Martin Luther King Day Is Now More Popular Than Presidents Day
(Bloomberg) -- Americans are more likely to get a day off to honor the legacy of Reverend Martin Luther King, Jr., than they are for holidays remembering Christopher Columbus or George Washington.
About 42 percent of American employers will close on Jan. 15 in observance of the civil rights leader’s birthday, according to an annual survey by Bloomberg Law. The U.S. stock market is closed, as it is for the slightly less popular Presidents Day. (It is open on Columbus Day and Veterans Day.)
“I would suppose that there’s more recognition for the need of diversity and the need to recognize the sensitivity of certain holidays,” N. Charles Anderson, the chief executive officer of the Urban League of Detroit and Southeastern Michigan, said in an interview.
A fight for racial equality has taken on new urgency in parts of the U.S. as President Donald Trump has focused on restricting immigration, particularly for non-white people, and made comments seen as sympathetic to white nationalists. On Thursday, the day before he welcomed African-American leaders to the White House to honor Martin Luther King Day, Trump came under fire for reportedly disparaging immigrants from Africa and Haiti.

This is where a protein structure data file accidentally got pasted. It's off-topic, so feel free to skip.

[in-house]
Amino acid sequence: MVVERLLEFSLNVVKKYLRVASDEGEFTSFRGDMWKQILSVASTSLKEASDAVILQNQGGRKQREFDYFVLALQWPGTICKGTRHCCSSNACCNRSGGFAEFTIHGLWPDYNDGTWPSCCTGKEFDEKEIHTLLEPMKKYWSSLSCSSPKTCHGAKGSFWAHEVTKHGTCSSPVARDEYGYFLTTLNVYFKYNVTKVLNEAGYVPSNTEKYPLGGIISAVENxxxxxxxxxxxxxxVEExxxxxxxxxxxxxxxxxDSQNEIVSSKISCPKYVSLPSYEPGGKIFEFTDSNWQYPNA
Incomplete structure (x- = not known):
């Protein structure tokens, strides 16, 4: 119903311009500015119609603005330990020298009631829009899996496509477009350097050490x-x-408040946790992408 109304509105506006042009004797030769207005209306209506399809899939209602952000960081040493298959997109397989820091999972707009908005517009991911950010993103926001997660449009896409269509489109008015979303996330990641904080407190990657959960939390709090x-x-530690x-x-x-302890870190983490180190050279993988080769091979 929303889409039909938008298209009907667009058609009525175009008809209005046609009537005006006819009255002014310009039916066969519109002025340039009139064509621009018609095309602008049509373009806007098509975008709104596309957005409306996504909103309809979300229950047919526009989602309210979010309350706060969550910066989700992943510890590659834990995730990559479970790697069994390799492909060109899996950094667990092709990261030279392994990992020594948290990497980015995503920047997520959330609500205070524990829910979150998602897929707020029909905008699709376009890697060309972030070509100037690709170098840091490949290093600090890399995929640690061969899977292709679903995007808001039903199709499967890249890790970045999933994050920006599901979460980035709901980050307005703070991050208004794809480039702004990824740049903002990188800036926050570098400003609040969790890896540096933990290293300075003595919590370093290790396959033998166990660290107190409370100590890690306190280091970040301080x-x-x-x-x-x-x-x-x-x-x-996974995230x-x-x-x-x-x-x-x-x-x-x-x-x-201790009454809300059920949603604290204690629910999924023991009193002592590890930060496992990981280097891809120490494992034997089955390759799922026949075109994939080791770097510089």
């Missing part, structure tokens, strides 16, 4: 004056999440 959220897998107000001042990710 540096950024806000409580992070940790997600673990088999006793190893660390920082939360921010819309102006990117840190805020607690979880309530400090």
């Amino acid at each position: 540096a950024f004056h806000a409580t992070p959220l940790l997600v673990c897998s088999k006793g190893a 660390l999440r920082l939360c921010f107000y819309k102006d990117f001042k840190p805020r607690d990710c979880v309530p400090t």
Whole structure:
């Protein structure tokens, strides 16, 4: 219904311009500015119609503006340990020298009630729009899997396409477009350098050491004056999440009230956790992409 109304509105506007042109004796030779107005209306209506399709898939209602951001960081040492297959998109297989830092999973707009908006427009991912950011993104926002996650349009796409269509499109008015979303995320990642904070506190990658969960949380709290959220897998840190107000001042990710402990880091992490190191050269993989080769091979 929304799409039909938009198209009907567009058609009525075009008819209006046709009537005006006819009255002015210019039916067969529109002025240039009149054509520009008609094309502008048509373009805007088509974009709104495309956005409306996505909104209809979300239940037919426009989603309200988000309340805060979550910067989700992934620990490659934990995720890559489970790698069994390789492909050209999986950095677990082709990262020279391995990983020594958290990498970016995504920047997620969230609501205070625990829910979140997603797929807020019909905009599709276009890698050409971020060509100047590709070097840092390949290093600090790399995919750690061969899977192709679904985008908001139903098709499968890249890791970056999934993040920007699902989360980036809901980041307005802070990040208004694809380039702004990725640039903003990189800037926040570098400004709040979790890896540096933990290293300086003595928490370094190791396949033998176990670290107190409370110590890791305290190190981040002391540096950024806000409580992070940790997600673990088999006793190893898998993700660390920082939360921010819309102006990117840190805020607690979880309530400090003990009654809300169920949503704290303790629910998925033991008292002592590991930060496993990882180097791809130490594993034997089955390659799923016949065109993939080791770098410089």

“I encourage all Americans to observe this day with appropriate civic, community, and service activities in honor of Dr. King’s life and legacy,” Trump said in a tweet Friday after a ceremony at the White House.
Among civil and nonprofit organizations, including hospitals, schools, and municipalities, 72 percent will grant employees a day off with pay in honor of Dr. King’s birthday. Far fewer manufacturing businesses -- 16 percent -- will do the same. Roughly one in three non-manufacturing businesses, such as financial service and insurance companies, will offer a paid holiday.
The holiday has its roots in Michigan. Four days after King was killed in April 1968, Representative John Conyers, a Democrat, introduced legislation to make King’s birthday a federal holiday. President Ronald Reagan eventually signed Conyers’ bill into law in 1983. The holiday wasn’t observed until 1986, and some states refused to honor it until as recently as 2000.
“It is still treated as a second-tier holiday,” said Harley Shaiken, a labor historian at the University of California at Berkeley. “In light of what Trump said [Thursday], we really should elevate it in a way that it really becomes central. This is a key time in history to be celebrating his values.”
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